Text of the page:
By: Logun Buckley
This last week ADA Iowa Organizer Chris Schwartz along with Tracy Leone, an Organizer for the Iowa Federation of Labor and members of the Quad City Next Up Young Workers Group met to organize the Quad City area in preparation of the respective counties and cities to introduce resolutions calling for a constitutional amendment to overturn the US Supreme Court's Citizens United v. Federal Election Committee ruling. Over fifty packed the room to watch the documentary Pay 2 Play at Rozz-Tox, a local coffee shop in Rock Island, IL and discuss their thoughts on the movie and what steps were necessary to reduce the power and influence that corporate money has on government policy.
The movie Pay 2 Play was released in mid 2014 as a response to the Citizens United v. FEC decision. The filmmaker John Ennis inspires hope in his film, advocating for people to do whatever they can in protest to big money in politics. Ennis himself uses street art in protest. The game Monopoly is referenced in the movie, specifically the ideology that is instilled by playing the game. To win the game in the end, you must have the most money. The bottom line is more important than anything else to a corporation, and a corporation will spend as much as it takes to make it easier to make more money. There are various methods that corporations can take to ensure this but funding the politicians that will push the corporation's agendas seem to be the easiest and best bet for them. Agendas that include keeping the minimum wage a starving wage, reducing safety and health regulations, increasing tax loopholes, and blocking bills that help the middle class in Congress, The Senate, and the House of Representatives.
The messages in the movie were echoed in the concern of the audience. All that were present discussed observations of money influencing local politics, as well as the larger issue of why we had come to Rock Island in the first place, the Citizens United decision. Many referred to the recent 2014 Midterm Elections as a prime example of the corrupt money in politics, citing new US Senator Tea Party elite Republican Joni Ernst and her Koch funded campaign. One member of the audience brought up the fact that voters don't think their votes matter anymore when competing against corporate money, and statistics can prove that. According to Good Magazine, in 2010 0.26% of the American Voting Public (Around 800,000 people) contributed 68% of total donations to congressional campaigns. Those politicians rely on small groups of Americans to fund their campaigns, giving those contributors power over which policies and special interests the politician will pursue in order to keep the contributions coming in. Until there is an amendment to the US Constitution, the Citizens United decision will continue to unfairly advance corporate influence in politics over the needs and welfare of actual United States citizens.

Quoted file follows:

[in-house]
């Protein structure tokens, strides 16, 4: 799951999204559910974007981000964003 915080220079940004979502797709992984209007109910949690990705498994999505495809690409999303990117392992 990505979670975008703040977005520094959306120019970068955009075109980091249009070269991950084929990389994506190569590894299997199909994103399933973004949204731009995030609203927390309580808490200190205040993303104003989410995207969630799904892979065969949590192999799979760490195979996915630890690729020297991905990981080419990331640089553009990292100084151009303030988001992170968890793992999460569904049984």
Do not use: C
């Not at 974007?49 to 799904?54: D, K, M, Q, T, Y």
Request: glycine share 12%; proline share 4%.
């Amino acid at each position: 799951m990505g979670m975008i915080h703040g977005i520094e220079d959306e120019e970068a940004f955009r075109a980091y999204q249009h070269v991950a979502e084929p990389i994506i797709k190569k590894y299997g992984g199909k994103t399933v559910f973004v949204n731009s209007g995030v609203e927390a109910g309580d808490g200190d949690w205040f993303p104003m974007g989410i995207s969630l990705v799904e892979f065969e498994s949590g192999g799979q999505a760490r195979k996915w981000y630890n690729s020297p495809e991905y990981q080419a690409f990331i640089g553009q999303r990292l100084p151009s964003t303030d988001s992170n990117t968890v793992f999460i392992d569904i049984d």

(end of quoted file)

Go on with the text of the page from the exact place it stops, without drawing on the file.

It is going to be an uphill battle to get this amendment passed. For over a century corporations have influenced courts to negotiate on their own behalf, giving more and more rights that were meant for citizens to corporations. A woman from the Sylvis, IL City Council had fought for and passed a resolution calling for the passage of an amendment overturning Citizens United. These resolutions are an important first step in building the pressure needed for Congress to pass a constitutional amendment. Sylvis, IL isn't alone in this resolution 16 States and numerous cities and counties across the US have passed them as well.
A group of community leaders is pushing the effort in Waterloo, IA right now. On Tuesday, January 27, ADA Iowa Organizer Chris Schwartz will be speaking to the Black Hawk County Board of Supervisors in order to publicly request that they schedule a vote on the aforementioned resolution to stop Citizens United.
If you would like to introduce a resolution in your city or county to reverse the Citizens United ruling by amending the US Constitution and therefor reduce corporate spending in politics then you can check out our website at adaction.org or contact ADA Iowa Organizer Chris Schwartz at firstname.lastname@example.org.